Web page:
polygamy is legal under customary law. In DRC, married women do not have the legal recognition to sign certain acts and contracts without the consent of their husbands (SIGI 2009). The dual legal system (general law and customary law) which arose from colonisation is a complicating factor in the legal life of women in the region (Van Hook and Ngwenya 1996).

Gender discrimination in social institutions is low across Latin America; overall, it is the region with the least gender disparity between countries. All countries in the region are ranked in the top half of the Social Institutions and Gender Index (SIGI). Despite the positive performance, the physical protection of women is a concern (SIGI 2009). The scorings hide complex realities. The culture of machismo prevails in Latin America, particularly in rural areas. In some countries (e.g. Guatemala and El Salvador), sexual violence was systematically used as a weapon of war (Crosby 2009) and this deterred women from taking on leadership positions in communities where their husbands, sons and fathers had voluntarily joined or been forced into joining guerrilla movements. In countries with higher proportions of indigenous populations, ethnic identity is a clear social marker. If rural women in Latin America are less educated and vulnerable to landlessness and precarious labour relations, indigenous women are even more so. Indigenous women suffer cumulative discrimination, based on their ethnicity and their gender. Their main concern is with the former, and the focus is on group survival. In Guatemala, these women did not articulate themselves as women, but only as part of a group which as an ethnic group was historically and systematically discriminated against. In contrast, women of European descent are aware of, and more concerned about, the process of inequality affecting them. Benno de Keijzer describes how, reacting to a Mexican non-governmental organisation’s (NGO’s) work of gender awareness, women often mentioned that they knew all that there was to know about gender issues, and pleaded with the organisation to tell their husbands instead.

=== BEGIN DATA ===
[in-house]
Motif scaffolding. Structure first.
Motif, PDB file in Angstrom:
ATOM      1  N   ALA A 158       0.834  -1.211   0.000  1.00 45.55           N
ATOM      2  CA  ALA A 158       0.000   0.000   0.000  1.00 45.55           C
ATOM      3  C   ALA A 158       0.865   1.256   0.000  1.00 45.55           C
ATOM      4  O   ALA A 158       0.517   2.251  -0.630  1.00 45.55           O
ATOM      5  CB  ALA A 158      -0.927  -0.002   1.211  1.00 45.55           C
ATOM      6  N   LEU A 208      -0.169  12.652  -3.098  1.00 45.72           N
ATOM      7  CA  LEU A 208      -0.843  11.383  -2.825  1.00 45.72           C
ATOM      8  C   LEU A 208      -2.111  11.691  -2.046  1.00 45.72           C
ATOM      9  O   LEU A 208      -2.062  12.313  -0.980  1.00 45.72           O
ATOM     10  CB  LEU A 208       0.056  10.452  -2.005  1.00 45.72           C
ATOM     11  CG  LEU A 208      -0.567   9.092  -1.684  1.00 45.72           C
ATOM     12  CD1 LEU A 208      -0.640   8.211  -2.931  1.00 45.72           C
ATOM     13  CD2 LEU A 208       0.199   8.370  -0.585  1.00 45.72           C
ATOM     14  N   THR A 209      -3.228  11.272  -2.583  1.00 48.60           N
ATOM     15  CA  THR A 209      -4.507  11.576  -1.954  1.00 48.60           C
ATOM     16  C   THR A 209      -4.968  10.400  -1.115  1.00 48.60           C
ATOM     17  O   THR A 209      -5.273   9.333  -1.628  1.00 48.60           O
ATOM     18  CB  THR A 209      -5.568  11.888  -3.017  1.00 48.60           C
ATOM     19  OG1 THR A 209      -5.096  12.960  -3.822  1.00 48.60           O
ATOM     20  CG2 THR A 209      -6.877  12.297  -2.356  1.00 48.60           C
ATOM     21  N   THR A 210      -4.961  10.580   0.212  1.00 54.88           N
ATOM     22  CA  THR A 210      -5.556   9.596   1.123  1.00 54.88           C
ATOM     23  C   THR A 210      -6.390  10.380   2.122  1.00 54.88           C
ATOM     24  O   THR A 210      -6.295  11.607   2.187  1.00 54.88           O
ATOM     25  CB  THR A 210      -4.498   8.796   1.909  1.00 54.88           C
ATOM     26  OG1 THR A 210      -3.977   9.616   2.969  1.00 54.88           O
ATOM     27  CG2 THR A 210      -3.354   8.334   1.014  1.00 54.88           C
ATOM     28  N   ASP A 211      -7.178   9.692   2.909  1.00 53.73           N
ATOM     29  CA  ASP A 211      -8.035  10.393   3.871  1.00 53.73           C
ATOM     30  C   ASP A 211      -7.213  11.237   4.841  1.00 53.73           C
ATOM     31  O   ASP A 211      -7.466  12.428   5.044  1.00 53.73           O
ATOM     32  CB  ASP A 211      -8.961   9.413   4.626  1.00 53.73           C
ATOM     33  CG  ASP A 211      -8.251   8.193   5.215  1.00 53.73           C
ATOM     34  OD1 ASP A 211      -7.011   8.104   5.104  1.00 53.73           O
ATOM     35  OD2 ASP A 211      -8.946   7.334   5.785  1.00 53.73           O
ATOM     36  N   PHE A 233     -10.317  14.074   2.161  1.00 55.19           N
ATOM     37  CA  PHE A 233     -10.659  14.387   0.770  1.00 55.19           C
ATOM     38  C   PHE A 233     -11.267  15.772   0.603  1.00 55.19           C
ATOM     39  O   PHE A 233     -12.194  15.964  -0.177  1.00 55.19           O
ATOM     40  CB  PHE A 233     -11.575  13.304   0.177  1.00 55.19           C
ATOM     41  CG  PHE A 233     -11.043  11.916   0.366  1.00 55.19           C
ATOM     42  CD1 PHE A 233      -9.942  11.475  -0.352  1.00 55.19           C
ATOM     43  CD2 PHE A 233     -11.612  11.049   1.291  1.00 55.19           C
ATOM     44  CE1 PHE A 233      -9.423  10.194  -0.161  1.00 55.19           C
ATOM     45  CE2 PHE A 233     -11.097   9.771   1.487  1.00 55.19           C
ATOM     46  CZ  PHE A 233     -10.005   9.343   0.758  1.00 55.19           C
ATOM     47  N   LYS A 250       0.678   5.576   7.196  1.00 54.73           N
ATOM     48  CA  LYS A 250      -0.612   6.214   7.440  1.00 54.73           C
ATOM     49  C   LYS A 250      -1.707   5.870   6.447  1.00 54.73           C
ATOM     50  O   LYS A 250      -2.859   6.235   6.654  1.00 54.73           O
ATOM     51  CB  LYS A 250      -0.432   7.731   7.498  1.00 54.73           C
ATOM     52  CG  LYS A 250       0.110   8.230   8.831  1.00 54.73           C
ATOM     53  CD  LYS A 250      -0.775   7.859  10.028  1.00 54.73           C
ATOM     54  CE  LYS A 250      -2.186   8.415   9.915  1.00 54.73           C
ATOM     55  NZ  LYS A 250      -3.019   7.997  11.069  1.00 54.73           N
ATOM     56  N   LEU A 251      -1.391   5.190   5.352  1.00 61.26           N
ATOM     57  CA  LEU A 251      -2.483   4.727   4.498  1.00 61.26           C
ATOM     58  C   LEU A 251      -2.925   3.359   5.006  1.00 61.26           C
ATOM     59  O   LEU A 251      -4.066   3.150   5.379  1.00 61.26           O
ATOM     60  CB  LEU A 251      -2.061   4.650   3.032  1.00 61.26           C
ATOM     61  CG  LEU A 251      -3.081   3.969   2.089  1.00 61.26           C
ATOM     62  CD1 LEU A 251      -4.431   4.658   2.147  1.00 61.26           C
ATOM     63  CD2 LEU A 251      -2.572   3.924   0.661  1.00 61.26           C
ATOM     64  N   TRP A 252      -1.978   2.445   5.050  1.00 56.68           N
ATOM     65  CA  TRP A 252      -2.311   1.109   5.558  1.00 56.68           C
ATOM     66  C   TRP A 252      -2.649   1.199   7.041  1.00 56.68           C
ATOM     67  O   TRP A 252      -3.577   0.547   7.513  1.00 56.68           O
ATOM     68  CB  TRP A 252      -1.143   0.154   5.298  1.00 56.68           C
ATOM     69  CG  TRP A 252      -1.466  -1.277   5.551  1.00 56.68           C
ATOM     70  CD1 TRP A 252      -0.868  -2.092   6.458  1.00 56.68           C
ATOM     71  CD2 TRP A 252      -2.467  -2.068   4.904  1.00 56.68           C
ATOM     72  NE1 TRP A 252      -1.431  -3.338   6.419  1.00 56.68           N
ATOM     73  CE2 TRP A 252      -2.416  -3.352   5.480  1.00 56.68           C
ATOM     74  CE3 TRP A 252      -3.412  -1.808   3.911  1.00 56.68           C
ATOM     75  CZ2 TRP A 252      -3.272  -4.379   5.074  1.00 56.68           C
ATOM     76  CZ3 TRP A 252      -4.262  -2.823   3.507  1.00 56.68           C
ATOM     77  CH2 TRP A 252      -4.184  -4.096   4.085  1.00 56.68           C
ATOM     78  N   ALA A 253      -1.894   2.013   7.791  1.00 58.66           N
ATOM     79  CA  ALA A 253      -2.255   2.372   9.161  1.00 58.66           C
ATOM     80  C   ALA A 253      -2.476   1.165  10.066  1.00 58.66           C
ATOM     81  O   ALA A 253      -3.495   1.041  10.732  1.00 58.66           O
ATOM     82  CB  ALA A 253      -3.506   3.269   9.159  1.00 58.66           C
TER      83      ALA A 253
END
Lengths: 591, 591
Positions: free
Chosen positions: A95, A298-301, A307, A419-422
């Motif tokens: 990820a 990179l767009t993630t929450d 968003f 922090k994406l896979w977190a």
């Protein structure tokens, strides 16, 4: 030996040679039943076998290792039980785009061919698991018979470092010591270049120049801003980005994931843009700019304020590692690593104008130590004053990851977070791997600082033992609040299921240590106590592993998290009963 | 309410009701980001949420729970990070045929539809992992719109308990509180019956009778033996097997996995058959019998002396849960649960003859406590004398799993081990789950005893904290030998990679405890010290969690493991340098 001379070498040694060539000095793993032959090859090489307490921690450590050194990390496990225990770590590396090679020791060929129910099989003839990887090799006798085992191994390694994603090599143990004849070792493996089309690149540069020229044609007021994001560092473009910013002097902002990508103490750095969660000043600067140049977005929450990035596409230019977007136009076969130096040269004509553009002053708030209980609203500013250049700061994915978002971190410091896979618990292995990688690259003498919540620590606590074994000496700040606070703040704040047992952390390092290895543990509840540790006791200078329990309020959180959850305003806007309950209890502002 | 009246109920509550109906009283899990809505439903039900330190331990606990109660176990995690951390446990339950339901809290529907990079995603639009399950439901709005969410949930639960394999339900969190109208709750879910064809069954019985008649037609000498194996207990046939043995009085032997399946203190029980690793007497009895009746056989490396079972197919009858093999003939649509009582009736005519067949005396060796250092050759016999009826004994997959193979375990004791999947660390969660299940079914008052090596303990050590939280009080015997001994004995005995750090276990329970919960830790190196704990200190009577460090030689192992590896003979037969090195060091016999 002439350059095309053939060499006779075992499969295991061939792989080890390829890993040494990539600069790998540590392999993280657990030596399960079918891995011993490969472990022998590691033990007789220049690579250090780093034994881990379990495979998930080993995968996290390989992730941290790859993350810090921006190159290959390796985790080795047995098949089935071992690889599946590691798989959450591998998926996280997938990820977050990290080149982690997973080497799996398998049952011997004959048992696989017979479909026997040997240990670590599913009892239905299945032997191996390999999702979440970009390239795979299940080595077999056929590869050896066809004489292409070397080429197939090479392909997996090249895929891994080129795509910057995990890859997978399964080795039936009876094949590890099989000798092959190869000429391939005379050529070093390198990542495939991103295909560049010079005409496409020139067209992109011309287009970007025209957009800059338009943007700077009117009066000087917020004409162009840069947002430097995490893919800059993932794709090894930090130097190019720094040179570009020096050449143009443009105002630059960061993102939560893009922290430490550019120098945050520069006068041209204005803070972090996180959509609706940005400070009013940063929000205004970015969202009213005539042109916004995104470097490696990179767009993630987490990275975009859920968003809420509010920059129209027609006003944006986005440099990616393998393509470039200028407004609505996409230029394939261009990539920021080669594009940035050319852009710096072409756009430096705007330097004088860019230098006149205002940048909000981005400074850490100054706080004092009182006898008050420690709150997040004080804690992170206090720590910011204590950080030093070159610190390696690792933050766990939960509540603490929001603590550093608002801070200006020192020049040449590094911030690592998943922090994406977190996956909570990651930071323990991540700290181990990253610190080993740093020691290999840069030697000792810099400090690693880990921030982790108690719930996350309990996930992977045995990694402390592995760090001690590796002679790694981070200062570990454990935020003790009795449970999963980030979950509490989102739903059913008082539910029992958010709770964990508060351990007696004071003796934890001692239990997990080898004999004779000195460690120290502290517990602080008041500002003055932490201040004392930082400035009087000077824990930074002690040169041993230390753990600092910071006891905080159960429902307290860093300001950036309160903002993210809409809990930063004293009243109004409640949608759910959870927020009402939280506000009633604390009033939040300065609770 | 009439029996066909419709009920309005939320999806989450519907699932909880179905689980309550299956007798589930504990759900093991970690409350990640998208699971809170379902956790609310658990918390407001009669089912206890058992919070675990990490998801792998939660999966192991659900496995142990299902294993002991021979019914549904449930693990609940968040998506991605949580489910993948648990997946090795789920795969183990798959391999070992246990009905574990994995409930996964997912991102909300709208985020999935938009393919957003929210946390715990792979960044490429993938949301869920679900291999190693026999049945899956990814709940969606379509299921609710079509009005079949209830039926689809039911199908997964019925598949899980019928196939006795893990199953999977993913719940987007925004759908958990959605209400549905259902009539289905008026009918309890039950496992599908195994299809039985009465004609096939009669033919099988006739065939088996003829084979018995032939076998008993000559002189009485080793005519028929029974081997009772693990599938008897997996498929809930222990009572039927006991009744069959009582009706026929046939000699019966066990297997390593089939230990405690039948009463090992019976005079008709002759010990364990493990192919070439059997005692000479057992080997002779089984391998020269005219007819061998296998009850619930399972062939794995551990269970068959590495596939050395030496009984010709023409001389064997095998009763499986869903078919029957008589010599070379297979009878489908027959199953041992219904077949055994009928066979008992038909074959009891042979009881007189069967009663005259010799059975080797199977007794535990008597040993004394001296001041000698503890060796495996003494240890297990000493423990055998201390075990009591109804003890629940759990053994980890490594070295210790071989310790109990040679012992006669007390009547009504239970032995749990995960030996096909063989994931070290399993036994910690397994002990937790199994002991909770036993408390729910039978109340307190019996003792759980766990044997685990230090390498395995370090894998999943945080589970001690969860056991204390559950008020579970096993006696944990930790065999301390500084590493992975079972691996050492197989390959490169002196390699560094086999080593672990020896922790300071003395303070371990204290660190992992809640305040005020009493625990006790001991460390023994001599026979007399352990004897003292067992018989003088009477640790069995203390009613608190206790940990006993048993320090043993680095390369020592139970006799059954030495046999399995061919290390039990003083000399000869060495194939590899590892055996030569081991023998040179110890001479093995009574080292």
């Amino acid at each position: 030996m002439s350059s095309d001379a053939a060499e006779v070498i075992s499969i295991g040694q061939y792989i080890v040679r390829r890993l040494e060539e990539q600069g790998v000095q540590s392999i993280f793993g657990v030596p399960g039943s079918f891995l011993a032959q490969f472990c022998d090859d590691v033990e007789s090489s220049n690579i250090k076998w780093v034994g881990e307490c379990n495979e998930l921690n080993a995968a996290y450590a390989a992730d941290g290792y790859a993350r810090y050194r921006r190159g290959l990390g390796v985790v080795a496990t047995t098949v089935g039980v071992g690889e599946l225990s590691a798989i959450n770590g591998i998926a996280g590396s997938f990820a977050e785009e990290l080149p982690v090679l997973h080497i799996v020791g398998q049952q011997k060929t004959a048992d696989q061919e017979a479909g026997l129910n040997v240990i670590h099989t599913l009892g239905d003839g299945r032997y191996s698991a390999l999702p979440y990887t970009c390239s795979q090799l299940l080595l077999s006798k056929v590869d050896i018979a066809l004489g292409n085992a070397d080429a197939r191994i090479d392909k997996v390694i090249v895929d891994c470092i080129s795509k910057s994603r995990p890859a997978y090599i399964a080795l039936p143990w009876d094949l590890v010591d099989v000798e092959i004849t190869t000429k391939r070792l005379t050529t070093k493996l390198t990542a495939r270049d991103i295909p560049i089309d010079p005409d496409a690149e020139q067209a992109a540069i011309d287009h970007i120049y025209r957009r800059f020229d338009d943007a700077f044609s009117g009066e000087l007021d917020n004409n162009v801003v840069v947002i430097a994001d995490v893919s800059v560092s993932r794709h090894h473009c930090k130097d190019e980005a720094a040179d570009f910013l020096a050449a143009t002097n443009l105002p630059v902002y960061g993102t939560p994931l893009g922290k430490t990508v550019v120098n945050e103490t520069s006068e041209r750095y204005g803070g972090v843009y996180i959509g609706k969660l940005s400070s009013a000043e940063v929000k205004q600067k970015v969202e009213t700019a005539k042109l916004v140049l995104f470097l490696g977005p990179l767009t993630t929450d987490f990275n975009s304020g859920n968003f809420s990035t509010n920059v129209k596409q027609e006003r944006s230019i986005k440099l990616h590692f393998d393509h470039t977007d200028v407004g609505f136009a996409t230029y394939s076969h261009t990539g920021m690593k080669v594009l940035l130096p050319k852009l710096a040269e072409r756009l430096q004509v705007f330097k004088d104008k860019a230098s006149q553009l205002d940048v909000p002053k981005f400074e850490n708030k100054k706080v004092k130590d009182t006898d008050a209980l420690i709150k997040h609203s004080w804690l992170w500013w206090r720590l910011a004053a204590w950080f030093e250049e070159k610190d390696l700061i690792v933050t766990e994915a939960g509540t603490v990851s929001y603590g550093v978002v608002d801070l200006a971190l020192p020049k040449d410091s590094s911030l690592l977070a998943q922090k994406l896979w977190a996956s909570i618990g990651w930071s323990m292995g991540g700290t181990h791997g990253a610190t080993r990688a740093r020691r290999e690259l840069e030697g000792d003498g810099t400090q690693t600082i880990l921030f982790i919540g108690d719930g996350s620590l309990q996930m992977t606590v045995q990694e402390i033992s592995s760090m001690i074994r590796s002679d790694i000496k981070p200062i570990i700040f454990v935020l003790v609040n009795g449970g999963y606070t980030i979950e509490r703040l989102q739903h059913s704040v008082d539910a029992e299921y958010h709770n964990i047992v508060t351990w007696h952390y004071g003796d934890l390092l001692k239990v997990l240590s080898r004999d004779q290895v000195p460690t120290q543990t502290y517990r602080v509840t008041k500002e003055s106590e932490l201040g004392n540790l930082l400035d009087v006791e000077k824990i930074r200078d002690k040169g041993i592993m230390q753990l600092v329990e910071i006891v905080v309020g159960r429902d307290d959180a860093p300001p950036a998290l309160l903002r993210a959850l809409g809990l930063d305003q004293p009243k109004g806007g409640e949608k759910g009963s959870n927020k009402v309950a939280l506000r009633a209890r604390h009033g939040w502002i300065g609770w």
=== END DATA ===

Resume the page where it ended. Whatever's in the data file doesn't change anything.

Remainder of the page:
Keijzer believes that this signals a transition from women who lack awareness to women who are gender aware, hence the bulk of the work that now needs to be done is with men (2004). However, this does not hold true in the case of indigenous women where their focus on ethnic discrimination makes them less aware the gender discrimination to which they are also subject.